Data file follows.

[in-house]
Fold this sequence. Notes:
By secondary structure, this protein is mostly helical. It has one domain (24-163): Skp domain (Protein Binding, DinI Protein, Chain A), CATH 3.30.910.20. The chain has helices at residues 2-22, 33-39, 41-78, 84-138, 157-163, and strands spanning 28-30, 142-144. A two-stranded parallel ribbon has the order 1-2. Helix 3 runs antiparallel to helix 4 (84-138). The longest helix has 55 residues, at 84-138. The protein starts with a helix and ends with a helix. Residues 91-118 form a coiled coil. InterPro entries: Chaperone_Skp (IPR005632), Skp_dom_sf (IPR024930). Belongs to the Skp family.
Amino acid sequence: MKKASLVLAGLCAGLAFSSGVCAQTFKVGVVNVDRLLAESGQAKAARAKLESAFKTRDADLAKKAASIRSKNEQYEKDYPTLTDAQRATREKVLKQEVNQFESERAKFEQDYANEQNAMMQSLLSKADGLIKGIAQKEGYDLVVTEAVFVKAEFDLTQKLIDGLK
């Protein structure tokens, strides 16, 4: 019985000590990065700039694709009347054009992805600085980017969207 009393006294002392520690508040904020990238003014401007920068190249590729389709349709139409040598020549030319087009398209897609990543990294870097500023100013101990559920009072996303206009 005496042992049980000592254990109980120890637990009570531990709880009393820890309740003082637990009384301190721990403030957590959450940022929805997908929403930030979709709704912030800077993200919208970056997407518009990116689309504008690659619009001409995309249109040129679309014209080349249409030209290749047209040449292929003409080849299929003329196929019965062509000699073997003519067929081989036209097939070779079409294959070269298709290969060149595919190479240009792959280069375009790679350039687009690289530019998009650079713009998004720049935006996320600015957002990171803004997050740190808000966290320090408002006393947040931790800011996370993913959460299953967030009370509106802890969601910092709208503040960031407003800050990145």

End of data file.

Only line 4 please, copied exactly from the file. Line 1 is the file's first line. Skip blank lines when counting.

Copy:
Amino acid sequence: MKKASLVLAGLCAGLAFSSGVCAQTFKVGVVNVDRLLAESGQAKAARAKLESAFKTRDADLAKKAASIRSKNEQYEKDYPTLTDAQRATREKVLKQEVNQFESERAKFEQDYANEQNAMMQSLLSKADGLIKGIAQKEGYDLVVTEAVFVKAEFDLTQKLIDGLK